Edward Sapir > Language: An Introduction to the Study of Speech > Subject Index > Page 35
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Edward Sapir (1884–1939).  Language: An Introduction to the Study of Speech.  1921.
 

Page 35
 
element, on the ground that it “makes no sense.” 6 What, then, is the objective criterion of the word? The speaker and hearer feel the word, let us grant, but how shall we justify their feeling? If function is not the ultimate criterion of the word, what is?
  It is easier to ask the question than to answer it. The best that we can do is to say that the word is one of the smallest, completely satisfying bits of isolated “meaning” into which the sentence resolves itself. It cannot be cut into without a disturbance of meaning, one or the other or both of the severed parts remaining as a helpless waif on our hands. In practice this unpretentious criterion does better service than might be supposed. In such a sentence as It is unthinkable, it is simply impossible to group the elements into any other and smaller “words” than the three indicated. Think or thinkable might be isolated, but as neither un- nor -able nor is-un yields a measurable satisfaction, we are compelled to leave unthinkable as an integral whole, a miniature bit of art. Added to the “feel” of the word are frequently, but by no means invariably, certain external phonetic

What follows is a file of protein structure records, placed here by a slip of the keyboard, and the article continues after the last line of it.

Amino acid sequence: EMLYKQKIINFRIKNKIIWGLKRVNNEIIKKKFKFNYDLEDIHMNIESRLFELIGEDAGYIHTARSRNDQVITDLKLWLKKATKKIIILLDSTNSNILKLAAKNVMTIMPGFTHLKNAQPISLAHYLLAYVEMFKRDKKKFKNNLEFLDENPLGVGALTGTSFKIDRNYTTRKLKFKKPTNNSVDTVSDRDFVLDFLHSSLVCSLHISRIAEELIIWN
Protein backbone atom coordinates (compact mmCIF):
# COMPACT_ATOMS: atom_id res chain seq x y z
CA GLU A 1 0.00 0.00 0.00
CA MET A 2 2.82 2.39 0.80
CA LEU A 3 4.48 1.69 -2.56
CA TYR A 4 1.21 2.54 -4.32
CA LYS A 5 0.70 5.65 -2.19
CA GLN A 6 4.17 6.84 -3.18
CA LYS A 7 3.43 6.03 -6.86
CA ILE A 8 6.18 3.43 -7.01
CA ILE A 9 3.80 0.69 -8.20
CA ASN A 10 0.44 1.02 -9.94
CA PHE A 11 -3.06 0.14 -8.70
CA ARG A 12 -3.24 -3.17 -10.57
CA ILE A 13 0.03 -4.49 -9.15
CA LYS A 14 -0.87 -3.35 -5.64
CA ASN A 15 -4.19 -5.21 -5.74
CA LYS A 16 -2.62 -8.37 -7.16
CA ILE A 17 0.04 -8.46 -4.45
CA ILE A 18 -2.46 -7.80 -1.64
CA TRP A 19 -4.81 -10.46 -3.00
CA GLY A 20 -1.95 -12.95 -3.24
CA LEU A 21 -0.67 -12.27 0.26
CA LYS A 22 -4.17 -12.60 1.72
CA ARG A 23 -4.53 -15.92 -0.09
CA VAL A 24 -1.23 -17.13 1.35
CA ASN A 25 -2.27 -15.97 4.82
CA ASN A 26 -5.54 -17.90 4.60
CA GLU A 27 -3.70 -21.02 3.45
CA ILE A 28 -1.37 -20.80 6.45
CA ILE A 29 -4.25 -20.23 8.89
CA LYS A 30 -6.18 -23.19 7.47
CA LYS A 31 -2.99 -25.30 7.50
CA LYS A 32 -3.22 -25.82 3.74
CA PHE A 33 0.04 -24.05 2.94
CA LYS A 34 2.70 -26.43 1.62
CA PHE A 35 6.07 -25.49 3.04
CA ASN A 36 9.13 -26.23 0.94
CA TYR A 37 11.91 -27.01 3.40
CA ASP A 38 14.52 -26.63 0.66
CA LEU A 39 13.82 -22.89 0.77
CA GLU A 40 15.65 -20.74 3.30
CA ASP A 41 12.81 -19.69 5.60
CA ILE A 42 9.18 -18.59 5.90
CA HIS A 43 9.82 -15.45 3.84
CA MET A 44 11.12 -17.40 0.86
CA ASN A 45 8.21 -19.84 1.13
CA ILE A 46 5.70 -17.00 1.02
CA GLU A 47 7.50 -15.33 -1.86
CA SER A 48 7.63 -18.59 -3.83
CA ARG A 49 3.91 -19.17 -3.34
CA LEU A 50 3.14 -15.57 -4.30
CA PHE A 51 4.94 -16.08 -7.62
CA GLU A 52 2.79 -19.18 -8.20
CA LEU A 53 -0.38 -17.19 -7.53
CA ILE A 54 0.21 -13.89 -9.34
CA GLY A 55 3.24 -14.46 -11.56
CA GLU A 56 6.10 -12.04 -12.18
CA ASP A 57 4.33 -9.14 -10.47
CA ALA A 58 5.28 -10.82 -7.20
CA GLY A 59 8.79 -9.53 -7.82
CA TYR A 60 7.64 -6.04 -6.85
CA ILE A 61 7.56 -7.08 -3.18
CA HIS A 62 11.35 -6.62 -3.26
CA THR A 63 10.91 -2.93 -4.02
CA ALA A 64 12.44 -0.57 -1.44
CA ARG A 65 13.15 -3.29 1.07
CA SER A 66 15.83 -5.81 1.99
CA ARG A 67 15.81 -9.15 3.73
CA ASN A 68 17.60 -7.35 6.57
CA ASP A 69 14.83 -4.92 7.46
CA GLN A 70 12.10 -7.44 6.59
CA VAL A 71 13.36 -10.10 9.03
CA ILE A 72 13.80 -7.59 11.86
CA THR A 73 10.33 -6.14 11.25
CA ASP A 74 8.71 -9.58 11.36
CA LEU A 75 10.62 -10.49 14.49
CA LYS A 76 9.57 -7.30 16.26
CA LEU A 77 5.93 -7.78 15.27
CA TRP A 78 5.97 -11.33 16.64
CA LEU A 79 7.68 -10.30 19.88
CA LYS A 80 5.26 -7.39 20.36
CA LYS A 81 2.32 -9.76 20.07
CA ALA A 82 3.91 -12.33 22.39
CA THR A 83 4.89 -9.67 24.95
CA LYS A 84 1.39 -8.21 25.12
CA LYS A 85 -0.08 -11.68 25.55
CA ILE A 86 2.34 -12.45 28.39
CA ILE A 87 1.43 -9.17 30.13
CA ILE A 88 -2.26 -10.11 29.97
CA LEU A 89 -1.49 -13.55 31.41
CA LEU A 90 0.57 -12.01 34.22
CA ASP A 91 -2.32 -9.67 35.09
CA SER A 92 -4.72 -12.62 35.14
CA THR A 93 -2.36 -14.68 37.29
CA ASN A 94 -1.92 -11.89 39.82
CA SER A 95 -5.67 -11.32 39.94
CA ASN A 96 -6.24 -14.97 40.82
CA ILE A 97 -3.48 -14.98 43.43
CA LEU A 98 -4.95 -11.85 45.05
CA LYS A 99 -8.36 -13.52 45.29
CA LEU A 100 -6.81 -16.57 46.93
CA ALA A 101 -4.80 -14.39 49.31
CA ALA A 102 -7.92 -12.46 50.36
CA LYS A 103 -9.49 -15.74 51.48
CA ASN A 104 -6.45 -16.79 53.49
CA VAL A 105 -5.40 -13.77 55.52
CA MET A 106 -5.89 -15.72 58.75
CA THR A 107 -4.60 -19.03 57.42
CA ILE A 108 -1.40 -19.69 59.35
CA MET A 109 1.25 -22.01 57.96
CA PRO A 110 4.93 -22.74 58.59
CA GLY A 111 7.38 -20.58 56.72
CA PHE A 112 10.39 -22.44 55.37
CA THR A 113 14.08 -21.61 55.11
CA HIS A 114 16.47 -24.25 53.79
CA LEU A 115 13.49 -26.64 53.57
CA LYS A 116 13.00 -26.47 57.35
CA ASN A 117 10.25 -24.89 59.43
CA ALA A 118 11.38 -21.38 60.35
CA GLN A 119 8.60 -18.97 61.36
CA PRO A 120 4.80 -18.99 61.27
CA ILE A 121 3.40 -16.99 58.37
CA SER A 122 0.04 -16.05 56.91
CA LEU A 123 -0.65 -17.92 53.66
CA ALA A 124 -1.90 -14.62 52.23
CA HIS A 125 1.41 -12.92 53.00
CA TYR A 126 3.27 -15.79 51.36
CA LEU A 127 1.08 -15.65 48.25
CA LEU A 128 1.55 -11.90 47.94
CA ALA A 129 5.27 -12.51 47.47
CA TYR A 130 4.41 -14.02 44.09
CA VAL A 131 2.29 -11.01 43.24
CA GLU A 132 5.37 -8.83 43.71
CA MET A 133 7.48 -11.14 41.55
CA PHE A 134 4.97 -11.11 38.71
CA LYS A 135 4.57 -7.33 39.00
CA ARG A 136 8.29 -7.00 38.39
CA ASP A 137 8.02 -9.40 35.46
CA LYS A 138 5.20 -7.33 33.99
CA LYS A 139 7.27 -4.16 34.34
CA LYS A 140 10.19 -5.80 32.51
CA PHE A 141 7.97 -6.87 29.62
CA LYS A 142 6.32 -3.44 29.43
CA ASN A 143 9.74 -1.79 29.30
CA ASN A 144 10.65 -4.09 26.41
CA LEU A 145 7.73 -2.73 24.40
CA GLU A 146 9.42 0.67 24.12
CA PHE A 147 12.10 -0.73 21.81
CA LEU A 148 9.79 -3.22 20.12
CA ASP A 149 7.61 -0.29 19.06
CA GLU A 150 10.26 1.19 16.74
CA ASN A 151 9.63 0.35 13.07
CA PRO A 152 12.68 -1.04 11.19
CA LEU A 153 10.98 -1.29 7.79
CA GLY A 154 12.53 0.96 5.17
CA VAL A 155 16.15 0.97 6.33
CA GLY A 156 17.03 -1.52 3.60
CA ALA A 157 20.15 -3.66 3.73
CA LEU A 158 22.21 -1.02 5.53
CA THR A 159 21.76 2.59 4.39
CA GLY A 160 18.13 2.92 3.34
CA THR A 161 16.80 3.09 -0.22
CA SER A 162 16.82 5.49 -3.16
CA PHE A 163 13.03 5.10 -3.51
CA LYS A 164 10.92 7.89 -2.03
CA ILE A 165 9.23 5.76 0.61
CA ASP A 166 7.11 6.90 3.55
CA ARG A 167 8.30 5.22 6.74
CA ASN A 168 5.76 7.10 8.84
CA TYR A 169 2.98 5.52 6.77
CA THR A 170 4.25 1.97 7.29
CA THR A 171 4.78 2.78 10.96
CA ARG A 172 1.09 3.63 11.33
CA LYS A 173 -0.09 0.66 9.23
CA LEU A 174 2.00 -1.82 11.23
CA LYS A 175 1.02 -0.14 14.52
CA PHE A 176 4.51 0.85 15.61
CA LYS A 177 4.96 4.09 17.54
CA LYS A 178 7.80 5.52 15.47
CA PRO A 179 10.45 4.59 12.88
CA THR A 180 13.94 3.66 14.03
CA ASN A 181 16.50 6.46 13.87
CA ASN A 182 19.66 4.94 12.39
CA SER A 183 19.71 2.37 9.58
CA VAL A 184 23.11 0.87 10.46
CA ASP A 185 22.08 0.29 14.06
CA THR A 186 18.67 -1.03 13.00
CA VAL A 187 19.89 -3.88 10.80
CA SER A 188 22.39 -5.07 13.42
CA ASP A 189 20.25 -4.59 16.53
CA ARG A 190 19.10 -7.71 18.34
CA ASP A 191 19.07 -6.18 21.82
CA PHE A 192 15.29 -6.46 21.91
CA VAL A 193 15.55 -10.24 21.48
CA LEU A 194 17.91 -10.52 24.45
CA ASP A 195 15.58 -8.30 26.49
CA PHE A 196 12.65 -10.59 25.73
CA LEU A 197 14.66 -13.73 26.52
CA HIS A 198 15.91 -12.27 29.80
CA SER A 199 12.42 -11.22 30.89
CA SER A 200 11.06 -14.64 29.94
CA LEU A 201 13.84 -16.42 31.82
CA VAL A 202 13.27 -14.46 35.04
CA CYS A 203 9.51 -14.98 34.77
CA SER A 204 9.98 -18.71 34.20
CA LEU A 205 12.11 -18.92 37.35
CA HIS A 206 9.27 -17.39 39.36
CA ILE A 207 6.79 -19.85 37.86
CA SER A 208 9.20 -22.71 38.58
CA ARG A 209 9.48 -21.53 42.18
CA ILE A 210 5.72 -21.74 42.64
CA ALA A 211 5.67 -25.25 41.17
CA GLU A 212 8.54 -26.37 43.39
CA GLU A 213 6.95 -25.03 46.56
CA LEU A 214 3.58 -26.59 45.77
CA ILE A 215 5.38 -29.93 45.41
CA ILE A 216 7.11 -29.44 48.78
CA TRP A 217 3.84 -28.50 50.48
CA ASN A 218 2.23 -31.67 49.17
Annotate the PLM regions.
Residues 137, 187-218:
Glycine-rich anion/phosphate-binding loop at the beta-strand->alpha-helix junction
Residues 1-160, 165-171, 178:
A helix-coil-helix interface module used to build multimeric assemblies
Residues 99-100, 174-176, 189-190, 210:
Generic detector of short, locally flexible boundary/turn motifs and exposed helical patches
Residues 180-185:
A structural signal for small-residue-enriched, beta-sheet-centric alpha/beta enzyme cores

Note 6.  These oral experiences, which I have had time and again as a field student of American Indian languages, are very neatly confirmed by personal experiences of another sort. Twice I have taught intelligent young Indians to write their own languages according to the phonetic system which I employ. They were taught merely how to render accurately the sounds as such. Both had some difficulty in learning to break up a word into its constituent sounds, but none whatever in determining the words. This they both did with spontaneous and complete accuracy. In the hundreds of pages of manuscript Nootka text that I have obtained from one of these young Indians the words, whether abstract relational entities like English that and but or complex sentence-words like the Nootka example quoted above, are, practically without exception, isolated precisely as I or any other student would have isolated them. Such experiences with naïve speakers and recorders do more to convince one of the definitely plastic unity of the word than any amount of purely theoretical argument. [back]

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